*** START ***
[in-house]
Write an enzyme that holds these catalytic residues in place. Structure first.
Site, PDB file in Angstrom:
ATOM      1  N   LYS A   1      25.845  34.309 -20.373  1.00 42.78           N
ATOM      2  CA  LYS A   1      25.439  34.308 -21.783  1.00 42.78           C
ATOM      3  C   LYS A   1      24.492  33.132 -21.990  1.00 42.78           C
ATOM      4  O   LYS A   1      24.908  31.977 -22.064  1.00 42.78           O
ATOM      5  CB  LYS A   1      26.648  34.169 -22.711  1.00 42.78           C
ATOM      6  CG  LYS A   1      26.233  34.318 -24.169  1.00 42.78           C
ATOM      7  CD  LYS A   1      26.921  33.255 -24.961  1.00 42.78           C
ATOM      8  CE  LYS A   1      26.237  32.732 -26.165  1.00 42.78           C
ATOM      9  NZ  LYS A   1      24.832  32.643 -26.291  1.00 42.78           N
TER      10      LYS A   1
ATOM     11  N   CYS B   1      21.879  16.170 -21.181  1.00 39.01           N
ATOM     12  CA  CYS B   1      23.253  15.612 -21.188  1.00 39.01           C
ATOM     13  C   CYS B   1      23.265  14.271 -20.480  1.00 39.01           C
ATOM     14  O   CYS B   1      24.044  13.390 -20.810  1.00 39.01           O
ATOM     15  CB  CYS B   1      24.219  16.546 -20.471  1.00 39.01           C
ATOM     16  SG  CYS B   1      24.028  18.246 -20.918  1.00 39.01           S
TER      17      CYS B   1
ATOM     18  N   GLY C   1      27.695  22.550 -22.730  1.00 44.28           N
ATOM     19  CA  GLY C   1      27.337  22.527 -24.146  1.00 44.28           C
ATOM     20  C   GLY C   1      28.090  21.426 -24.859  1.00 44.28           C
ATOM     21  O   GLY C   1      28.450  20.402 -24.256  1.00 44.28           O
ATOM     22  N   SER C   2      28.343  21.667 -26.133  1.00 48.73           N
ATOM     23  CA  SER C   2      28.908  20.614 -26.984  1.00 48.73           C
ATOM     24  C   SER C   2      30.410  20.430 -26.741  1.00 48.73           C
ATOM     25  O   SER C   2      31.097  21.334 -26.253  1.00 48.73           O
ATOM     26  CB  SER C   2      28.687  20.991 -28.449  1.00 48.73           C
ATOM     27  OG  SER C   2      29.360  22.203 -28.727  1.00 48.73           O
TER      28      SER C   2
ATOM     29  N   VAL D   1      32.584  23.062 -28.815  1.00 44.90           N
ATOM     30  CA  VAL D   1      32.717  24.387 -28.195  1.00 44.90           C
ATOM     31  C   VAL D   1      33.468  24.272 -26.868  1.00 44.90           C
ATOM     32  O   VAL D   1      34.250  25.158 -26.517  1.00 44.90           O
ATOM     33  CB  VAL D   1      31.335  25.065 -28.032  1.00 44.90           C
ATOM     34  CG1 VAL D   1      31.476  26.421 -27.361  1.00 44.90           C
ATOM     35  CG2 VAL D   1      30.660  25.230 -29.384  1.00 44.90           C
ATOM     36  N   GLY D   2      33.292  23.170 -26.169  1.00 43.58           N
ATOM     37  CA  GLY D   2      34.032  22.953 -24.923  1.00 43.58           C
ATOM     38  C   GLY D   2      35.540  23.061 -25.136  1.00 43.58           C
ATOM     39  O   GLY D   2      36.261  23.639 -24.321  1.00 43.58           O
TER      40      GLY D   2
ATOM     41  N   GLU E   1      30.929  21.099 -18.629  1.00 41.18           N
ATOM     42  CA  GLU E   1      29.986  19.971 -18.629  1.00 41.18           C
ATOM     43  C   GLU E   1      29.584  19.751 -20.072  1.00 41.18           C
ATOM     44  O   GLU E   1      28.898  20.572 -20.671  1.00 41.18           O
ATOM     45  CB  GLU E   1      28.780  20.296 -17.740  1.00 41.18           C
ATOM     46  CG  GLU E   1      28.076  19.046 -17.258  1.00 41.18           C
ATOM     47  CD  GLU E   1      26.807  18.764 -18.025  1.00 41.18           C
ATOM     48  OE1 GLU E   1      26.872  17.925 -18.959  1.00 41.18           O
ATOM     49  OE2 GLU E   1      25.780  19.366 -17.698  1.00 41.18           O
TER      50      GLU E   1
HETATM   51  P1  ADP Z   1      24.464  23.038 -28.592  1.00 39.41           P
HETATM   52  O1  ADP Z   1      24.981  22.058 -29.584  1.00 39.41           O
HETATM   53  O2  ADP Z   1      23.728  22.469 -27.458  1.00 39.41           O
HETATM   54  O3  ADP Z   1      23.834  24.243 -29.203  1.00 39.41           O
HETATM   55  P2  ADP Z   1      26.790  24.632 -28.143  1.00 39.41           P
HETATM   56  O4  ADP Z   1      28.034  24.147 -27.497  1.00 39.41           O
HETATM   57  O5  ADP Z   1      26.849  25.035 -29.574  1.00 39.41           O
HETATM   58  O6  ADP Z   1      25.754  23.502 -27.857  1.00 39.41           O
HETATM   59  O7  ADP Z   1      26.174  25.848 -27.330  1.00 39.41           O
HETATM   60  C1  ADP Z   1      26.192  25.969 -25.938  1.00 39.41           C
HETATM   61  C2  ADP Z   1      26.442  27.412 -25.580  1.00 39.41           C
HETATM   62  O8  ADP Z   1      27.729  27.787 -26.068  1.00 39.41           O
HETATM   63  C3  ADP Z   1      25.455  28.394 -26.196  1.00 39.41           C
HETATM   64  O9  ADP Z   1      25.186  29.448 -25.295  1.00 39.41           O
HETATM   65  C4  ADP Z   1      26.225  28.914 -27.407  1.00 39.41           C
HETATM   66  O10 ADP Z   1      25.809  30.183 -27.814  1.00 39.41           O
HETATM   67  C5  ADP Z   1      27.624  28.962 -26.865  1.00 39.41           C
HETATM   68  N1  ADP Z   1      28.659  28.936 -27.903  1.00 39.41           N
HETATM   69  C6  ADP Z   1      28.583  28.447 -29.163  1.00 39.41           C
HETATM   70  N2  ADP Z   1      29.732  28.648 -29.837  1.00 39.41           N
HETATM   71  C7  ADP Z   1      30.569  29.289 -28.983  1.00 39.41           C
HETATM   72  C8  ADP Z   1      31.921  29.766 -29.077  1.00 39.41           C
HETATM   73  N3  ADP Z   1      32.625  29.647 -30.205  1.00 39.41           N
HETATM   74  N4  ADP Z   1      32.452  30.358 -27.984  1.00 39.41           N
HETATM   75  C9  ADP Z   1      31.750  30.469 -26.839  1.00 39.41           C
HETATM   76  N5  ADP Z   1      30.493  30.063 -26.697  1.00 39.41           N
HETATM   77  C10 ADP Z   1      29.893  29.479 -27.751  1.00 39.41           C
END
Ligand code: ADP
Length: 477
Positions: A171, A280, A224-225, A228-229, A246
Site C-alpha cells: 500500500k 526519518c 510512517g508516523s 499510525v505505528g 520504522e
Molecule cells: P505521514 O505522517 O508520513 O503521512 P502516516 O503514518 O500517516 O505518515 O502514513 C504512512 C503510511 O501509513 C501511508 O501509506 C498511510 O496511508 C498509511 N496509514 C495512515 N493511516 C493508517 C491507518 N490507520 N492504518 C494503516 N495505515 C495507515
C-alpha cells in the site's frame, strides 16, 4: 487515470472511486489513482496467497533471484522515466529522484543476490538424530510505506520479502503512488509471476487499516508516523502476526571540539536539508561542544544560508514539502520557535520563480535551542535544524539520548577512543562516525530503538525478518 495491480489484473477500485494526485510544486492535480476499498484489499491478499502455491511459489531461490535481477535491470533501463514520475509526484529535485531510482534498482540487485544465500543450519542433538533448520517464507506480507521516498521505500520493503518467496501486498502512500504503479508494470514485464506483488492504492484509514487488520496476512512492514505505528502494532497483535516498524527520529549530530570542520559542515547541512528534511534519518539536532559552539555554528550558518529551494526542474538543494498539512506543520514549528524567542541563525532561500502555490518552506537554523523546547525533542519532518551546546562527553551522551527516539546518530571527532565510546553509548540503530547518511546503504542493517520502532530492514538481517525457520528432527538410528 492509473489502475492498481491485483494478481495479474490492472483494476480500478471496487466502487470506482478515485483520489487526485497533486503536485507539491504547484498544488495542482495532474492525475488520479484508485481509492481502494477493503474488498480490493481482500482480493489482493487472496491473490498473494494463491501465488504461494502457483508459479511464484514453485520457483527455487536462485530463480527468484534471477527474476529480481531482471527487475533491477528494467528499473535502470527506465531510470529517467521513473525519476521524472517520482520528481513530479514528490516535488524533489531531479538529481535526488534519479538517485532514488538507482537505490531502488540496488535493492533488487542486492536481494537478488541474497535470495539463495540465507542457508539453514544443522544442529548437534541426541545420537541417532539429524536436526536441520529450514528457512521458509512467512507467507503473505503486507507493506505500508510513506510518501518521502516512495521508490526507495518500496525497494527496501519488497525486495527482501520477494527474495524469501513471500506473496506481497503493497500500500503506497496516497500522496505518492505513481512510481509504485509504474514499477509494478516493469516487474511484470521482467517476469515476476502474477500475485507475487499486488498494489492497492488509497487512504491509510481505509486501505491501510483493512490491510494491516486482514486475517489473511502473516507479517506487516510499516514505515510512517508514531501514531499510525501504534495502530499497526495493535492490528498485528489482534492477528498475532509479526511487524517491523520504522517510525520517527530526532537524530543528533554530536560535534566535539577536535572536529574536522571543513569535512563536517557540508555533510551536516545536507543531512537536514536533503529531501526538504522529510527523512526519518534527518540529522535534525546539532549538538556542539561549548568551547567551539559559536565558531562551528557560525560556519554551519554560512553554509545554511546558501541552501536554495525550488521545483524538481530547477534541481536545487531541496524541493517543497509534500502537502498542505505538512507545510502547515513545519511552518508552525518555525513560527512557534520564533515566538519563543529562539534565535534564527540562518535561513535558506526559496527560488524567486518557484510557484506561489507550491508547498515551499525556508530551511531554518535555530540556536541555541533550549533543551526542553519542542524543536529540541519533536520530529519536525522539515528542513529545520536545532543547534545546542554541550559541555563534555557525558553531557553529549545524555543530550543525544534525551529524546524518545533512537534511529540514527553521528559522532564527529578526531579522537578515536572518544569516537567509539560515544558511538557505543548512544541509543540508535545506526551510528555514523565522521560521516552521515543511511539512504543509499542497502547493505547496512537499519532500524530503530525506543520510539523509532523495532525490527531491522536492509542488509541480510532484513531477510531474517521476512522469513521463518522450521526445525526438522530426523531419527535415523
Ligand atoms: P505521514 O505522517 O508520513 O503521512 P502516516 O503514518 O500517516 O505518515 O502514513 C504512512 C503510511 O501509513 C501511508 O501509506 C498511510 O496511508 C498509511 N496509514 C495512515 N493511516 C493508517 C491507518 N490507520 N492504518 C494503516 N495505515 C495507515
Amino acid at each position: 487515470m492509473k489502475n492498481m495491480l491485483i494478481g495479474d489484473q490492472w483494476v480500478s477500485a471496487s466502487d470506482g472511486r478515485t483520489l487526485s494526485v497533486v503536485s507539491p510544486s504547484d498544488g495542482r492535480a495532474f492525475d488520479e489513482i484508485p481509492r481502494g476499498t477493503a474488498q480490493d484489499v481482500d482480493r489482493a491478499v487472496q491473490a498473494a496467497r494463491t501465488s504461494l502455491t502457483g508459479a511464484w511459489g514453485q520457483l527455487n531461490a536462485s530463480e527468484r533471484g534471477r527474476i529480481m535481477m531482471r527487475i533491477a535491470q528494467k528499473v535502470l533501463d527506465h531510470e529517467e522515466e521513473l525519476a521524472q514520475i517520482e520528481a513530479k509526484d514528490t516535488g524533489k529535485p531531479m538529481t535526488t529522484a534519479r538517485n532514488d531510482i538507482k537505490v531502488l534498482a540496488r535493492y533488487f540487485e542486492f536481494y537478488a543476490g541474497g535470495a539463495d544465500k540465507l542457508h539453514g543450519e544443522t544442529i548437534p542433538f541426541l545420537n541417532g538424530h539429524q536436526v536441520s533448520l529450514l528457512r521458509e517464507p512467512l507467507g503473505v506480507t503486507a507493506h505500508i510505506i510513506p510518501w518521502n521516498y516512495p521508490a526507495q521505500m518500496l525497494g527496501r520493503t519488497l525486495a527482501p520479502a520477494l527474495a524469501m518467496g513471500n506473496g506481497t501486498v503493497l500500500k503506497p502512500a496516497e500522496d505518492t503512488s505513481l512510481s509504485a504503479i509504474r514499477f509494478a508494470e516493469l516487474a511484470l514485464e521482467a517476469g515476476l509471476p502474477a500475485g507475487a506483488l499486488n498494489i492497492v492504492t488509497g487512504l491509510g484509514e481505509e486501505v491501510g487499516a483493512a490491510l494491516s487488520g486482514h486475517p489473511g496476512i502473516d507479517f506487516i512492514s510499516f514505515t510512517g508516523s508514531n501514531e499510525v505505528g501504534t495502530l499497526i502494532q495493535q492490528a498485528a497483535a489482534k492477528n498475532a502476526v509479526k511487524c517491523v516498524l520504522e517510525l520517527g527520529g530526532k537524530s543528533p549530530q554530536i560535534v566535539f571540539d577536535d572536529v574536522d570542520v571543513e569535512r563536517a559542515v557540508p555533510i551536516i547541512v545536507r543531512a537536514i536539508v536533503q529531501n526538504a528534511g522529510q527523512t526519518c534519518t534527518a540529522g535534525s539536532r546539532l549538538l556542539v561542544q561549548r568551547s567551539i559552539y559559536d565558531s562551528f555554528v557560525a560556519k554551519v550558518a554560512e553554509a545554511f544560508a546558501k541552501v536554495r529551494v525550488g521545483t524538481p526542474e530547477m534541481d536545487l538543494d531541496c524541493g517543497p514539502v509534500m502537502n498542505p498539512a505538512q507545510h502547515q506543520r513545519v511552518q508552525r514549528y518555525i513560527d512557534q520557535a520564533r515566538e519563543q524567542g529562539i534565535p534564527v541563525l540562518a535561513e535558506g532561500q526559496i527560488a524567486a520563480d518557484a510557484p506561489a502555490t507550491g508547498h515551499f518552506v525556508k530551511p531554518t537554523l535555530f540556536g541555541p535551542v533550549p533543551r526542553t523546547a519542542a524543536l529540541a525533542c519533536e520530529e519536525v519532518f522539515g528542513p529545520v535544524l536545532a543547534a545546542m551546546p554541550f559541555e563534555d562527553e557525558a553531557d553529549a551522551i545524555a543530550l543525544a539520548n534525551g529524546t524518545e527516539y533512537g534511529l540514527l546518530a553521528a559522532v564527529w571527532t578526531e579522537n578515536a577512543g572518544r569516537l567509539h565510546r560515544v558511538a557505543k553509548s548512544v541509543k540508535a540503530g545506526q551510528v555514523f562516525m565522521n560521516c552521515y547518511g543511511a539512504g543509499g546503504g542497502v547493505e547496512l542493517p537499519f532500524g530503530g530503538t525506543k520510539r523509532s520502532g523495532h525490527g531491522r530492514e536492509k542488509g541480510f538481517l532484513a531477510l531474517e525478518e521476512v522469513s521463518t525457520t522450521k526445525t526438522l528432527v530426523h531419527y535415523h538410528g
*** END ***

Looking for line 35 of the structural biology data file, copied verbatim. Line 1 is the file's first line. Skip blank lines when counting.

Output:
ATOM     32  O   VAL D   1      34.250  25.158 -26.517  1.00 44.90           O